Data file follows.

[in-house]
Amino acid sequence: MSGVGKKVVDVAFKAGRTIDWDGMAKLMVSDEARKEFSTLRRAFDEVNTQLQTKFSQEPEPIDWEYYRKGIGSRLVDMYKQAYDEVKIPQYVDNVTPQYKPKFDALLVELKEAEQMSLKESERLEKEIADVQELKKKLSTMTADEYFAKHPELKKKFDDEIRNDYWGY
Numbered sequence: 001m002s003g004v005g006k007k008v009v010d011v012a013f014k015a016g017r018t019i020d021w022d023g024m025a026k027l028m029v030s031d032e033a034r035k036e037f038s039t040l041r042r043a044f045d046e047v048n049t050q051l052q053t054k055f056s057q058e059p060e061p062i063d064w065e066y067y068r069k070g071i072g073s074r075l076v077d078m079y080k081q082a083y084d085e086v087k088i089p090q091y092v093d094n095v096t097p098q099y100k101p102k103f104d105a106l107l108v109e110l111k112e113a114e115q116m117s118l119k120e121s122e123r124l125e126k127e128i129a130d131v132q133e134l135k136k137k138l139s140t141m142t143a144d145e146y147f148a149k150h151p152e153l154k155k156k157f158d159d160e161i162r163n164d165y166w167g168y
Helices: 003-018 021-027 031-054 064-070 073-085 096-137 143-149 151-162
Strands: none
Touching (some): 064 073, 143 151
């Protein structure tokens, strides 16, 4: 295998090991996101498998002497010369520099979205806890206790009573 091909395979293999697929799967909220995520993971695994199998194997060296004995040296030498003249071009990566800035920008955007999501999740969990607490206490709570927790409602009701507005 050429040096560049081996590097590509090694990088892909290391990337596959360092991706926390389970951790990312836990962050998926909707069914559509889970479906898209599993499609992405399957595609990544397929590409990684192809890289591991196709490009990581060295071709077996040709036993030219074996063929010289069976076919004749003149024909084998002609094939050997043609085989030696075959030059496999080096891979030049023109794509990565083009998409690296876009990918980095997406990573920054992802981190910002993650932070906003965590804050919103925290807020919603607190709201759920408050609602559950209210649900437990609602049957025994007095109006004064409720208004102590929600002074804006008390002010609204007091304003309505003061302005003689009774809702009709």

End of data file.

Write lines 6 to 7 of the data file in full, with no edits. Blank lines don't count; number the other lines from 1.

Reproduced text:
Touching (some): 064 073, 143 151
């Protein structure tokens, strides 16, 4: 295998090991996101498998002497010369520099979205806890206790009573 091909395979293999697929799967909220995520993971695994199998194997060296004995040296030498003249071009990566800035920008955007999501999740969990607490206490709570927790409602009701507005 050429040096560049081996590097590509090694990088892909290391990337596959360092991706926390389970951790990312836990962050998926909707069914559509889970479906898209599993499609992405399957595609990544397929590409990684192809890289591991196709490009990581060295071709077996040709036993030219074996063929010289069976076919004749003149024909084998002609094939050997043609085989030696075959030059496999080096891979030049023109794509990565083009998409690296876009990918980095997406990573920054992802981190910002993650932070906003965590804050919103925290807020919603607190709201759920408050609602559950209210649900437990609602049957025994007095109006004064409720208004102590929600002074804006008390002010609204007091304003309505003061302005003689009774809702009709």